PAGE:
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There are many types of land ownership in New Zealand, and each one can impact what you can and cannot do with your property. It is essential to understand the different types of property ownership to understand your rights regarding commercial property. This article will outline the four main types of ownership, which are:

  • freehold;
  • leasehold;
  • unit title; and
  • cross lease.

Freehold Ownership

Freehold Ownership (also known as fee simple) is the most common type of ownership and is usually the most simple. If you have a freehold commercial property, you have sole ownership of the land and anything built on the land unless there are other interests. You have a right to mortgage the property, sell it or include it in your will or inheritance. Moreover, with a freehold property, you will not need to pay rent and can do whatever you like with the property as there is no landlord to worry about. 

Interests in your property may create restrictions on your ability to use it. These restrictions may include:

  • easements that give neighbouring property owners rights to use parts of your land to pass over;
  • covenants that limit what type of commercial property you can build on the land; or
  • restrictions under the Resource Management Act.

With freehold ownership of commercial property, you can remain in one place as long as your company wishes. This provides stability for your company and allows you to establish your business in the market.  

Leasehold Ownership

Your landlord will own the land you use with a leasehold property ownership. Additionally, you will need to pay rent to them during your tenancy. When you pay rent, you purchase an exclusive right to possess and use the land and commercial property for a certain period. Furthermore, you may use the leasehold land and property for as long as the lease outlines. Other terms that you may find in the lease include:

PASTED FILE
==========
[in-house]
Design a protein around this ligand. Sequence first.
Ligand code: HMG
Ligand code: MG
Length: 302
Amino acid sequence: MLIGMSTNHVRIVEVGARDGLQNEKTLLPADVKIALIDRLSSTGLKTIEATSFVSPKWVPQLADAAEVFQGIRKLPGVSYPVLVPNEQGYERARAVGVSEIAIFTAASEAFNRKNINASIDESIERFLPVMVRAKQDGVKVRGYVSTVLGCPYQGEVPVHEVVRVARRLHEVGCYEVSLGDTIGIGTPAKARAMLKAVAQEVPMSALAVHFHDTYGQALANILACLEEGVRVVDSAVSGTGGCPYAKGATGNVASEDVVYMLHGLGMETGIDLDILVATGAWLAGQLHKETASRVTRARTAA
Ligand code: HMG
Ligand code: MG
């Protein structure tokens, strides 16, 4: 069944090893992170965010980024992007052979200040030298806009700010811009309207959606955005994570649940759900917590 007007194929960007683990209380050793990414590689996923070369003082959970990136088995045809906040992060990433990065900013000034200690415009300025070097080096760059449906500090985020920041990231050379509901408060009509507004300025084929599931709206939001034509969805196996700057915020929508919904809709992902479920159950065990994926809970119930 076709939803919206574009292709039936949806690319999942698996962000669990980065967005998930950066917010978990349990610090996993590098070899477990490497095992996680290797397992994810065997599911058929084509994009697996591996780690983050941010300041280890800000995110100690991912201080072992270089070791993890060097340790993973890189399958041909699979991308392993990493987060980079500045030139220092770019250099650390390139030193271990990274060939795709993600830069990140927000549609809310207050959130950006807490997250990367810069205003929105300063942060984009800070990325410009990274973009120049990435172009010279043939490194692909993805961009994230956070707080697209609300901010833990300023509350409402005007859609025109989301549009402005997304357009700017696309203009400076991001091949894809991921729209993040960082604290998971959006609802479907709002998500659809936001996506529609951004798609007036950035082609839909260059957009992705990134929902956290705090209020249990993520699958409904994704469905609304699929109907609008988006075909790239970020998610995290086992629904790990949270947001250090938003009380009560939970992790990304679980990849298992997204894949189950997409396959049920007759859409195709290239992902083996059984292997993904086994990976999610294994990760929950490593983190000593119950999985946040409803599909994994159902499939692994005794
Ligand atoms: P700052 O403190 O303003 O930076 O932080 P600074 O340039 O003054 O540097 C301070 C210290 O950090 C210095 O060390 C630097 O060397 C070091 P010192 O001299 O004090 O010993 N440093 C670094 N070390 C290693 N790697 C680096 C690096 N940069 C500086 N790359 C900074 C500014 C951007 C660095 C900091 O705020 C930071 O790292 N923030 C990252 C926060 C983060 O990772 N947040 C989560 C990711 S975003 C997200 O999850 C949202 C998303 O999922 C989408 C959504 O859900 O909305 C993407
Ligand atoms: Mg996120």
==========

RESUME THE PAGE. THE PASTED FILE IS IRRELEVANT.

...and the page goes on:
• parties to the lease;
  • amount of rent to pay;
  • rent reviews;
  • fit-out terms;
  • your obligations to property maintenance;
  • description of premises; and
  • landlord’s responsibility for repairs.

With leasehold ownership, your business has the flexibility to change locations at the end of the lease term if you wish. Unlike a freehold, you are not bound to an expensive property because you decide to purchase it outright. A leasehold property is excellent if you intend to move locations or are testing out the market to see where your business will thrive best. 

Unit Title Ownership

You may use a unit title ownership when the commercial property has multiple owners. For example, as a unit owner, you will own:

  • your specific unit and any accessory units such as parking spaces, storage areas, and courtyards outlined in the record of title; and
  • an undivided share of ownership of the common property such as lifts, stairs, lobbies, and gardens.

Once you enter into a unit title ownership, you will automatically become a part of the body corporate. In this case, all unit owners will act as a group. The Unit Titles Act governs the body corporate and outlines the powers and duties of the body. Before you make any decisions, a certain percentage of the body corporate will need to approve them. Generally, this number is 50% or 75% of the unit owners. You should note that you will need to pay a fee to the body corporate.